The Kalahari is a malaria-free destination loved by wildlife enthusiasts for its tranquil, immersive and uncrowded safari experience. Several reserves and national parks, such as Kgalagadi Transfrontier Park, Central Kalahari Game Reserve and Nxai Pan National Park, provide safari-goers with the opportunity to encounter a wide variety of animals in their natural habitat and the chance to witness breathtaking sunsets and clear starry skies.

  • A vast and captivating desert region in Southern Africa with a diverse range of unique species
  • Tranquil and intimate game-viewing experience
  • Fascinating desert-adapted game such as black-maned lions, cheetahs, meerkats, oryx and more
  • Home to the San people, also known as Kalahari bushmen, who have lived here for thousands of years
  • Stunning sunsets and starry night skies
  • The perfect escape from the stress of the modern world

Covering an area twice the size of California, the malaria-free Kalahari Desert spans a large portion of Botswana, a third of Namibia to the east and the northernmost parts of South Africa. The Kalahari's semi-arid savanna landscape is home to a surprisingly rich tapestry of resilient wildlife that has evolved to survive in this harsh terrain. From iconic apex predators to fascinating desert-adapted creatures, safari-goers can expect to encounter a wide range of wildlife.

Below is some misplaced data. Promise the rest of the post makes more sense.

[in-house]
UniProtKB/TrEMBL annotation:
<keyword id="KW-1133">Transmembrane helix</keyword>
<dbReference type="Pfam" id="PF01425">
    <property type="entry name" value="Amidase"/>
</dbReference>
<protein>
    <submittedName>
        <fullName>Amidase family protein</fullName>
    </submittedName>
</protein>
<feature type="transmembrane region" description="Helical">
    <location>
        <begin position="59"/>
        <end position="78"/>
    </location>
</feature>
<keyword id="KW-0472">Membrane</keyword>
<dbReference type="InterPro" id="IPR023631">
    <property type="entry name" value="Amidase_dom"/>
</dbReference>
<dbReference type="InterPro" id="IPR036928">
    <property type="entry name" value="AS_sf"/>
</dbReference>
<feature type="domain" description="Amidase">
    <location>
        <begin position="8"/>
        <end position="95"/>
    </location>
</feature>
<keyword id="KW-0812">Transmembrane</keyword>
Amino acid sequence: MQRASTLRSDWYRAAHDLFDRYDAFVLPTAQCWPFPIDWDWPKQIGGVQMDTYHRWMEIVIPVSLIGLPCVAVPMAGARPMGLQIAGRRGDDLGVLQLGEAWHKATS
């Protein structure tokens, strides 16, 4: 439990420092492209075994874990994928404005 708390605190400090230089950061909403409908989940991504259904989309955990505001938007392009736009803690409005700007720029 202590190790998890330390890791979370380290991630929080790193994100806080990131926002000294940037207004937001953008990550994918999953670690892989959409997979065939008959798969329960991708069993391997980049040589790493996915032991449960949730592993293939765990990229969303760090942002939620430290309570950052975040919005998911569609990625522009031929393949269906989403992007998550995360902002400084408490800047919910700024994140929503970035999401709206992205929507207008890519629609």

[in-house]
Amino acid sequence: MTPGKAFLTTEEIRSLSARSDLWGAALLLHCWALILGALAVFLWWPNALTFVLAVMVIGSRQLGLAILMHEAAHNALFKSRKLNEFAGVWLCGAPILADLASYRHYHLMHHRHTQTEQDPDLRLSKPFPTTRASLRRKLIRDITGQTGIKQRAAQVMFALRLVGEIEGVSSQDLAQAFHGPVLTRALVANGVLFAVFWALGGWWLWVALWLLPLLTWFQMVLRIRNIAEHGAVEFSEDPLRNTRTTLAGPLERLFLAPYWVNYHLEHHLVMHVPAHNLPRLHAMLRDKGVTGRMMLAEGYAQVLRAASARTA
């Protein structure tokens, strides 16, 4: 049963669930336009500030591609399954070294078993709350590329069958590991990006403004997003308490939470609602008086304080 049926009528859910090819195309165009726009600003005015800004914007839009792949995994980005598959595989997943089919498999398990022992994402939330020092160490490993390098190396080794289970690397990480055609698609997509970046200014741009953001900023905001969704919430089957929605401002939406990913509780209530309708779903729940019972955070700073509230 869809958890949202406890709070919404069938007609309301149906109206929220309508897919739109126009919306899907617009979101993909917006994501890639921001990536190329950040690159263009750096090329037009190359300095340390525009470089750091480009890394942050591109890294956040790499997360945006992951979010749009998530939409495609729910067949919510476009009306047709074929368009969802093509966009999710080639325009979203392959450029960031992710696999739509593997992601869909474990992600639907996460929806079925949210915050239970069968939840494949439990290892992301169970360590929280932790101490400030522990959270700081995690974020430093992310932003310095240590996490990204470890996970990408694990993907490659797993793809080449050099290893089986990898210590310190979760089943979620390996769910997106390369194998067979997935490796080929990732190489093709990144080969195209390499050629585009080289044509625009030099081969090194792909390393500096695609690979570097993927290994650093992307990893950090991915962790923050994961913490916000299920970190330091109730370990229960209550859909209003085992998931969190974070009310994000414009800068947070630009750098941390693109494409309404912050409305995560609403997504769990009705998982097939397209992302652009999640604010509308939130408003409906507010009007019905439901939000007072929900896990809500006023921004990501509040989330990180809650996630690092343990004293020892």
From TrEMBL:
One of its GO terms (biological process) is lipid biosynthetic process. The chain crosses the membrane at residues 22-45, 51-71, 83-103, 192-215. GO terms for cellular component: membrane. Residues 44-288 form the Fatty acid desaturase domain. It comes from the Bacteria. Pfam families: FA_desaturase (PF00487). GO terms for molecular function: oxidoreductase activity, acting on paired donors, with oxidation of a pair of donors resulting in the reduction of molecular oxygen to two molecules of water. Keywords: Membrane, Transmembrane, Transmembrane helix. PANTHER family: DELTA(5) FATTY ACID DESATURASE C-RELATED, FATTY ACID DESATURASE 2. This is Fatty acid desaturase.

Rich in biodiversity

Despite its harsh environment, the Kalahari Desert is rich in biodiversity. Iconic predator species in the Kalahari include the magnificent black-maned lion, the elusive leopard and the cheetah, which thrives in the open plains.

The inquisitive African meerkat is one of the most remarkable and well-adapted Kalahari creatures. These small mammals live in close-knit social groups called mobs, and they are incredibly entertaining to watch as they forage insects and small vertebrates.

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Kalahari meerkats

(Image: Tswalu Tarkuni)

Another iconic species you're almost certainly bound to encounter in the Kalahari is the gemsbok or oryx, a desert antelope with striking black and white facial markings. These majestic creatures have adapted to survive without water in the Kalahari for extended periods.

The Kalahari Desert is also home to various nocturnal creatures like the elusive brown hyena, a rare and solitary species that is only active under cover of darkness, aardvarks, African wildcats and African porcupines.

Birdwatchers can expect to spot martial eagles, tawny eagles, the African fish eagle, the ostrich and the kori bustard.

Home to San (Kalahari bushmen) people

One of the unique aspects of the Kalahari is its ancient history and culture. The San people, also known as Kalahari bushmen, have lived there for thousands of years, and safari-goers can experience their traditions firsthand by spending time with the San on guided walks.

Although the local San people now live more modern lives, they have retained their ancient traditional knowledge, and combining a safari in the Kalahari Desert with a bush excursion with Kalahari bushmen is a once-in-a-lifetime opportunity.